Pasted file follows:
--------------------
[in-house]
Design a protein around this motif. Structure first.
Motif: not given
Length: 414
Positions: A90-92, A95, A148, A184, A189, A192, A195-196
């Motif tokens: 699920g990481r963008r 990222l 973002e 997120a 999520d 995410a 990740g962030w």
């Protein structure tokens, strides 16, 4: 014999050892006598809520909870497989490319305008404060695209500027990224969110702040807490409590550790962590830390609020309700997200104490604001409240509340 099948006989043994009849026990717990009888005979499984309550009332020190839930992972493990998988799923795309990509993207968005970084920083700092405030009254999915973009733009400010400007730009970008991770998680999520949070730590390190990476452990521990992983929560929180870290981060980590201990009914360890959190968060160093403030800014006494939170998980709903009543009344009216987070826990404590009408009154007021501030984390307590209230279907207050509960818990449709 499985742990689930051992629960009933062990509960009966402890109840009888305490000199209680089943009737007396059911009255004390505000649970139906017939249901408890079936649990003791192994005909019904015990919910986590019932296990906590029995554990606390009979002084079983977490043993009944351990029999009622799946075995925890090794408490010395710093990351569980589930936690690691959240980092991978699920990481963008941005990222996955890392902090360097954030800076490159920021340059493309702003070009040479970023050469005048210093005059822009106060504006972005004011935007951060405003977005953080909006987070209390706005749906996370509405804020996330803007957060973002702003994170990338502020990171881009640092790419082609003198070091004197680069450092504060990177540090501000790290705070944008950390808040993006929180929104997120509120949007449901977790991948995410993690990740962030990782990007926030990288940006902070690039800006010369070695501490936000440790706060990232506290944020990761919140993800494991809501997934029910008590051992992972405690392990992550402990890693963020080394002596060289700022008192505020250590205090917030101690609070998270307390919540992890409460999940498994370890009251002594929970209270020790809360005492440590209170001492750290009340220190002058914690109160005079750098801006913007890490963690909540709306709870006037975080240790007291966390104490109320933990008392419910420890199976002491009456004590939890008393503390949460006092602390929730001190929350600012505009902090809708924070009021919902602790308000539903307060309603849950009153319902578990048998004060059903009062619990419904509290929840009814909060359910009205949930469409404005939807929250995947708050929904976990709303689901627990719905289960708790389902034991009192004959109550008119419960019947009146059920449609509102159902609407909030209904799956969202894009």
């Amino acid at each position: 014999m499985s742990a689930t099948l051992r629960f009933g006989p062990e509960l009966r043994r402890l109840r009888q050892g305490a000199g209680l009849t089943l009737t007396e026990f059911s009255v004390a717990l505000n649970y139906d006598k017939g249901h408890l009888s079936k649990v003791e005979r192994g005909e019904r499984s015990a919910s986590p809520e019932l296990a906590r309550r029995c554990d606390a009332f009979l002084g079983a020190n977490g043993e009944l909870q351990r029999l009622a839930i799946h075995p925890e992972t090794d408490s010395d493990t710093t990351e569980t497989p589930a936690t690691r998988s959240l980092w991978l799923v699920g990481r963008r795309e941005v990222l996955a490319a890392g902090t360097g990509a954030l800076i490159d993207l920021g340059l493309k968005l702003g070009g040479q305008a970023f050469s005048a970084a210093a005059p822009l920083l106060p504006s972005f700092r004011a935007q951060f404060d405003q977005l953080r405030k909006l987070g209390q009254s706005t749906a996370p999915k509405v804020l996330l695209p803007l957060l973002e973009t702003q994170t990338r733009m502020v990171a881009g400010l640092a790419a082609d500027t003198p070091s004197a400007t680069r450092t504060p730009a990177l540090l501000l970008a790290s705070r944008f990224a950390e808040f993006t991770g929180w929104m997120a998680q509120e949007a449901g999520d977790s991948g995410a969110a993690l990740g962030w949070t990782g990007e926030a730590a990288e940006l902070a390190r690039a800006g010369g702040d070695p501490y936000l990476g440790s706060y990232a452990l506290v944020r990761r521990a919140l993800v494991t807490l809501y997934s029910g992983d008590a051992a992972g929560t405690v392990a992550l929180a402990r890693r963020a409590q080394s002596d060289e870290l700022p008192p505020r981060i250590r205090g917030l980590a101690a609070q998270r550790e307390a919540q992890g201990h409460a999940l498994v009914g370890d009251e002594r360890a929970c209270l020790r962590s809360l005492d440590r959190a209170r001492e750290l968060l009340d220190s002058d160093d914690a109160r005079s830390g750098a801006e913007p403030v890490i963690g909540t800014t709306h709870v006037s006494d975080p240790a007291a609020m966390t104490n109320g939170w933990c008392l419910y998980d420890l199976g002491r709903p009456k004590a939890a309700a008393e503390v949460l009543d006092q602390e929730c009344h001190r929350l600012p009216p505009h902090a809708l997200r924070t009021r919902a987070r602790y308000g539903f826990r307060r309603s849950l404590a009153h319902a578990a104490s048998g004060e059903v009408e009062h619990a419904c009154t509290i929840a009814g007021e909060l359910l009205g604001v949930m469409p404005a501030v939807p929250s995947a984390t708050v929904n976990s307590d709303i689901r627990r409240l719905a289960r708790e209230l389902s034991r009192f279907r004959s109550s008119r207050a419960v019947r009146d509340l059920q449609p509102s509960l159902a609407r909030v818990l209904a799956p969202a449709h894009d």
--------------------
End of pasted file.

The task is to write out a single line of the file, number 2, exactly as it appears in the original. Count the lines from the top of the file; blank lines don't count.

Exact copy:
Design a protein around this motif. Structure first.